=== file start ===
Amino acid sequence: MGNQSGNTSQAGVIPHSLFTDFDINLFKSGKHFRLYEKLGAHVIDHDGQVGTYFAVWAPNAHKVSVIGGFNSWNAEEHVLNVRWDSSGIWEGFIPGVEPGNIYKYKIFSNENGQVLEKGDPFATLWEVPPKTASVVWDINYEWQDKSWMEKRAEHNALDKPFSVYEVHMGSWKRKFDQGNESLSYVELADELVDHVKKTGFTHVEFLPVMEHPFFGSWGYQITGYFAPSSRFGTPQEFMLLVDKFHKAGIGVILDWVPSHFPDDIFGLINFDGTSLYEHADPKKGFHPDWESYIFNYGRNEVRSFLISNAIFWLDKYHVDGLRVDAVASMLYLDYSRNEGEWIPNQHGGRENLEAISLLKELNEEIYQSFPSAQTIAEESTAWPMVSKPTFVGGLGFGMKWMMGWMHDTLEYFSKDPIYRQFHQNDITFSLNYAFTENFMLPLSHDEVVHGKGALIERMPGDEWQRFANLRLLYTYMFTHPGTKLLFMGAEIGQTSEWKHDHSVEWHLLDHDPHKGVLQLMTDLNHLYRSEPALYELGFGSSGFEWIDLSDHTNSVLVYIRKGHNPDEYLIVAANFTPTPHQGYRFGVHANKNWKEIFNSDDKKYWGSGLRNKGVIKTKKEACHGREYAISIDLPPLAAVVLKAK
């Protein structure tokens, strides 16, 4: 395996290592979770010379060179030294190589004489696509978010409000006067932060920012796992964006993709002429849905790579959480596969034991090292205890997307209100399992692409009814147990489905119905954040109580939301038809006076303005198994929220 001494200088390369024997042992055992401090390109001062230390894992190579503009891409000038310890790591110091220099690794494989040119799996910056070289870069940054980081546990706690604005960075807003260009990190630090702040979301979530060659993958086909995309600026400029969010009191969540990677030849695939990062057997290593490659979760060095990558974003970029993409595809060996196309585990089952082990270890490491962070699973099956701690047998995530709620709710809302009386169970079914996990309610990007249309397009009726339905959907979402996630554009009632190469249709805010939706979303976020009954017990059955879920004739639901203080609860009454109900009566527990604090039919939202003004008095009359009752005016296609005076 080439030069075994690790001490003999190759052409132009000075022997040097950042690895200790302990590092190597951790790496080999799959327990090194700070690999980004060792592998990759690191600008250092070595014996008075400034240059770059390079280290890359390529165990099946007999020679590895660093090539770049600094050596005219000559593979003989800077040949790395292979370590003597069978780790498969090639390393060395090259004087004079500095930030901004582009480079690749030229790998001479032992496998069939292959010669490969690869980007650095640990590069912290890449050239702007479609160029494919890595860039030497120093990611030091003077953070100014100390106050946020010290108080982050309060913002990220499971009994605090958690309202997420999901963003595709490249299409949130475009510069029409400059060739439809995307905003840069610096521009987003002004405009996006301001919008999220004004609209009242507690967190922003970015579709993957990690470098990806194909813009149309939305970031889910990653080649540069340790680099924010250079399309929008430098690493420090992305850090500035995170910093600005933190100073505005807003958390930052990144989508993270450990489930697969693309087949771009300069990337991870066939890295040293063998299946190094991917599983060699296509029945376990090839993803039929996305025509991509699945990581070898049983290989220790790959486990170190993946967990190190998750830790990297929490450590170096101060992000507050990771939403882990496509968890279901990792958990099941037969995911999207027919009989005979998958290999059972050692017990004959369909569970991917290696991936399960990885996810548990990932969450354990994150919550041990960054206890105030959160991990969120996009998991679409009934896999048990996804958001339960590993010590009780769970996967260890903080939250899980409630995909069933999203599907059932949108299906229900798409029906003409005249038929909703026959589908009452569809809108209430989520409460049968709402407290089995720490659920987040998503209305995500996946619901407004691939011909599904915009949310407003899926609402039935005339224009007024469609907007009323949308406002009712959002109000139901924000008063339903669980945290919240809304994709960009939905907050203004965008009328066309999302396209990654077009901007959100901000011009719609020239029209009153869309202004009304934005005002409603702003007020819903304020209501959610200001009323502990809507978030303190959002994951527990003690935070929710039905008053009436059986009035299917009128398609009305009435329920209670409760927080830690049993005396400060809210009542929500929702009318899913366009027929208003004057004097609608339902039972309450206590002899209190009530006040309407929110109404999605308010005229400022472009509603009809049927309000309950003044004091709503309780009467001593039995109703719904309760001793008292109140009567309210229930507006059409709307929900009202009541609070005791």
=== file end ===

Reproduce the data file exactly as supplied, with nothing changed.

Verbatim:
Amino acid sequence: MGNQSGNTSQAGVIPHSLFTDFDINLFKSGKHFRLYEKLGAHVIDHDGQVGTYFAVWAPNAHKVSVIGGFNSWNAEEHVLNVRWDSSGIWEGFIPGVEPGNIYKYKIFSNENGQVLEKGDPFATLWEVPPKTASVVWDINYEWQDKSWMEKRAEHNALDKPFSVYEVHMGSWKRKFDQGNESLSYVELADELVDHVKKTGFTHVEFLPVMEHPFFGSWGYQITGYFAPSSRFGTPQEFMLLVDKFHKAGIGVILDWVPSHFPDDIFGLINFDGTSLYEHADPKKGFHPDWESYIFNYGRNEVRSFLISNAIFWLDKYHVDGLRVDAVASMLYLDYSRNEGEWIPNQHGGRENLEAISLLKELNEEIYQSFPSAQTIAEESTAWPMVSKPTFVGGLGFGMKWMMGWMHDTLEYFSKDPIYRQFHQNDITFSLNYAFTENFMLPLSHDEVVHGKGALIERMPGDEWQRFANLRLLYTYMFTHPGTKLLFMGAEIGQTSEWKHDHSVEWHLLDHDPHKGVLQLMTDLNHLYRSEPALYELGFGSSGFEWIDLSDHTNSVLVYIRKGHNPDEYLIVAANFTPTPHQGYRFGVHANKNWKEIFNSDDKKYWGSGLRNKGVIKTKKEACHGREYAISIDLPPLAAVVLKAK
């Protein structure tokens, strides 16, 4: 395996290592979770010379060179030294190589004489696509978010409000006067932060920012796992964006993709002429849905790579959480596969034991090292205890997307209100399992692409009814147990489905119905954040109580939301038809006076303005198994929220 001494200088390369024997042992055992401090390109001062230390894992190579503009891409000038310890790591110091220099690794494989040119799996910056070289870069940054980081546990706690604005960075807003260009990190630090702040979301979530060659993958086909995309600026400029969010009191969540990677030849695939990062057997290593490659979760060095990558974003970029993409595809060996196309585990089952082990270890490491962070699973099956701690047998995530709620709710809302009386169970079914996990309610990007249309397009009726339905959907979402996630554009009632190469249709805010939706979303976020009954017990059955879920004739639901203080609860009454109900009566527990604090039919939202003004008095009359009752005016296609005076 080439030069075994690790001490003999190759052409132009000075022997040097950042690895200790302990590092190597951790790496080999799959327990090194700070690999980004060792592998990759690191600008250092070595014996008075400034240059770059390079280290890359390529165990099946007999020679590895660093090539770049600094050596005219000559593979003989800077040949790395292979370590003597069978780790498969090639390393060395090259004087004079500095930030901004582009480079690749030229790998001479032992496998069939292959010669490969690869980007650095640990590069912290890449050239702007479609160029494919890595860039030497120093990611030091003077953070100014100390106050946020010290108080982050309060913002990220499971009994605090958690309202997420999901963003595709490249299409949130475009510069029409400059060739439809995307905003840069610096521009987003002004405009996006301001919008999220004004609209009242507690967190922003970015579709993957990690470098990806194909813009149309939305970031889910990653080649540069340790680099924010250079399309929008430098690493420090992305850090500035995170910093600005933190100073505005807003958390930052990144989508993270450990489930697969693309087949771009300069990337991870066939890295040293063998299946190094991917599983060699296509029945376990090839993803039929996305025509991509699945990581070898049983290989220790790959486990170190993946967990190190998750830790990297929490450590170096101060992000507050990771939403882990496509968890279901990792958990099941037969995911999207027919009989005979998958290999059972050692017990004959369909569970991917290696991936399960990885996810548990990932969450354990994150919550041990960054206890105030959160991990969120996009998991679409009934896999048990996804958001339960590993010590009780769970996967260890903080939250899980409630995909069933999203599907059932949108299906229900798409029906003409005249038929909703026959589908009452569809809108209430989520409460049968709402407290089995720490659920987040998503209305995500996946619901407004691939011909599904915009949310407003899926609402039935005339224009007024469609907007009323949308406002009712959002109000139901924000008063339903669980945290919240809304994709960009939905907050203004965008009328066309999302396209990654077009901007959100901000011009719609020239029209009153869309202004009304934005005002409603702003007020819903304020209501959610200001009323502990809507978030303190959002994951527990003690935070929710039905008053009436059986009035299917009128398609009305009435329920209670409760927080830690049993005396400060809210009542929500929702009318899913366009027929208003004057004097609608339902039972309450206590002899209190009530006040309407929110109404999605308010005229400022472009509603009809049927309000309950003044004091709503309780009467001593039995109703719904309760001793008292109140009567309210229930507006059409709307929900009202009541609070005791």